President López Obrador announced the creation of a commission to combat arms and synthetic drug trafficking into the country.
The commission’s creation via a presidential decree on Wednesday, comes ahead of a meeting with U.S. and Canadian officials to address drug and arms trafficking. Security discussions between the U.S. and Mexico have focused heavily on this issue.
The new body will serve as a special working group to monitor and coordinate actions carried out by different public ministries and agencies. It will also propose actions to achieve the fulfillment of international agreements to which Mexico is party and evaluate strategies implemented by all three levels of government.
Public Security Minister Rosa Icela Rodríguez will head the commission. Her responsibilities include calling and presiding over sessions, coordinating compliance with agreements, informing the president about the commission’s work and preparing the sessions’ agendas. The president also has the power to call sessions.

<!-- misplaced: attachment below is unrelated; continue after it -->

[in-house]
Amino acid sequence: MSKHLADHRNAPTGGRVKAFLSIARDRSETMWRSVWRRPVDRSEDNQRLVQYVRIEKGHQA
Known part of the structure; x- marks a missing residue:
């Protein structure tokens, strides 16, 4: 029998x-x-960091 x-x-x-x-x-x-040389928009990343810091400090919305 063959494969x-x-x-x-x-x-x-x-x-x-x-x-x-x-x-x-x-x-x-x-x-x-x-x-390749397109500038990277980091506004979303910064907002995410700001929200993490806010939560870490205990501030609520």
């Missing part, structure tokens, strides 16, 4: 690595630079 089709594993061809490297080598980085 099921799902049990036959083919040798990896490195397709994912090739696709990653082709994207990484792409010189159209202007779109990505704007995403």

According to the decree, the commission will report directly to the president and will include the ministers or heads of the following entities:
- Ministry of Public Security
- Ministry of the Interior
- Ministry of Foreign Affairs
- Ministry of National Defense (SEDENA)
- The Navy
- Ministry of Health
- Financial Intelligence Unit (UIF)
- The National Guard
- Office of the Attorney General
- National Intelligence Center (CNI)
Agreements will be reached by majority vote. Each of the above-listed individuals will have a vote within the commission except the Attorney General, who can only participate in discussions. Other public officials may also be invited to attend sessions, but can not vote.
The commission must enter into force within 10 days from the publication of the decree.